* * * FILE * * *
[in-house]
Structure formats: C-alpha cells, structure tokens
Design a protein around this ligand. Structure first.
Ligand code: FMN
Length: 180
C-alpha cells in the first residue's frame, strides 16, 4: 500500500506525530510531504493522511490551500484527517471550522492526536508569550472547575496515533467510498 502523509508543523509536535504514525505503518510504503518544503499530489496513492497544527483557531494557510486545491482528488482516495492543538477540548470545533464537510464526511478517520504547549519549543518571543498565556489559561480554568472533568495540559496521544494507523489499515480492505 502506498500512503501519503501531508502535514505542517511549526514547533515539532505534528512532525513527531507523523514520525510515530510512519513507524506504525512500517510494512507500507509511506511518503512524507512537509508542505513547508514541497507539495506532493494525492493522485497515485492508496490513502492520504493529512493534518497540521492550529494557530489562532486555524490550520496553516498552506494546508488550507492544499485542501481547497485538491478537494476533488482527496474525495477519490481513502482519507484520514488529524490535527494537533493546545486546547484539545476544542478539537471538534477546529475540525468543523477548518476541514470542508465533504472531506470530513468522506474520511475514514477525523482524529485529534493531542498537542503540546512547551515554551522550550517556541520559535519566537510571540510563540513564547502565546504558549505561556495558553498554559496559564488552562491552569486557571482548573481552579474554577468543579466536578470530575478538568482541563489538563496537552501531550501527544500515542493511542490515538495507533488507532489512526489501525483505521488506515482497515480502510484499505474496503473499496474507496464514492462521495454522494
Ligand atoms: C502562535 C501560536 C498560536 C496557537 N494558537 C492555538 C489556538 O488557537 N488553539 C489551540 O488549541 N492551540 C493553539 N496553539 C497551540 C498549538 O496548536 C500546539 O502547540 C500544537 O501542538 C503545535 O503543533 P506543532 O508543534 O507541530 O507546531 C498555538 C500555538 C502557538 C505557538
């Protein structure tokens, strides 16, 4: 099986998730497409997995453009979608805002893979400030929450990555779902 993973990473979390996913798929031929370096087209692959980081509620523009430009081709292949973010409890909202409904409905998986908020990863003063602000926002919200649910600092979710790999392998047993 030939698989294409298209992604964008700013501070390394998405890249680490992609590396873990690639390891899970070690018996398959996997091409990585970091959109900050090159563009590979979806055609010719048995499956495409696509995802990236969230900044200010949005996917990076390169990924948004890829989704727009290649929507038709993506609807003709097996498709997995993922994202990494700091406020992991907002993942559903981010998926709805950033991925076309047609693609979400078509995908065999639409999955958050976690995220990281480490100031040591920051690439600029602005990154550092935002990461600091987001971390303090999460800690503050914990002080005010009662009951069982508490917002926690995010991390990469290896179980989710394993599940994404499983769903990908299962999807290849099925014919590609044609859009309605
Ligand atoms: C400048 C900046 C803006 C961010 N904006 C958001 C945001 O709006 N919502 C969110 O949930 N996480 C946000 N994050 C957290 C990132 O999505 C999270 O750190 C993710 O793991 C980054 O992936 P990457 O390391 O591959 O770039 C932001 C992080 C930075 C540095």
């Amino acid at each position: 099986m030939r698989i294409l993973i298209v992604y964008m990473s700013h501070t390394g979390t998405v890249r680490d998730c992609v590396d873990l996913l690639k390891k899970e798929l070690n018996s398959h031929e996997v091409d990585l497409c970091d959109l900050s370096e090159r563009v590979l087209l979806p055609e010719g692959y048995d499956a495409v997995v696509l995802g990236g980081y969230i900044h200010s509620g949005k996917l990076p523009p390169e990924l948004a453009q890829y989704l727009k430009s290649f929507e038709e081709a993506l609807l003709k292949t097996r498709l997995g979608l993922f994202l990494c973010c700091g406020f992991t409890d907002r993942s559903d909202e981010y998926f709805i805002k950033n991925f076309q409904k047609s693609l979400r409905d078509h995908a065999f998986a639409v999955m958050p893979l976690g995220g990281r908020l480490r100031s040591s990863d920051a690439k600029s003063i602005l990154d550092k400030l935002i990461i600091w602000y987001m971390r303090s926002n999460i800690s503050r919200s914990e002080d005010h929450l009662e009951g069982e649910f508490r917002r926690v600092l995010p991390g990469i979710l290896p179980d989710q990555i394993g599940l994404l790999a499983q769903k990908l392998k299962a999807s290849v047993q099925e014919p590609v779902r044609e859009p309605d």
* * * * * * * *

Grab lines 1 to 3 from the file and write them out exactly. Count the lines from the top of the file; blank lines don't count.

[in-house]
Structure formats: C-alpha cells, structure tokens
Design a protein around this ligand. Structure first.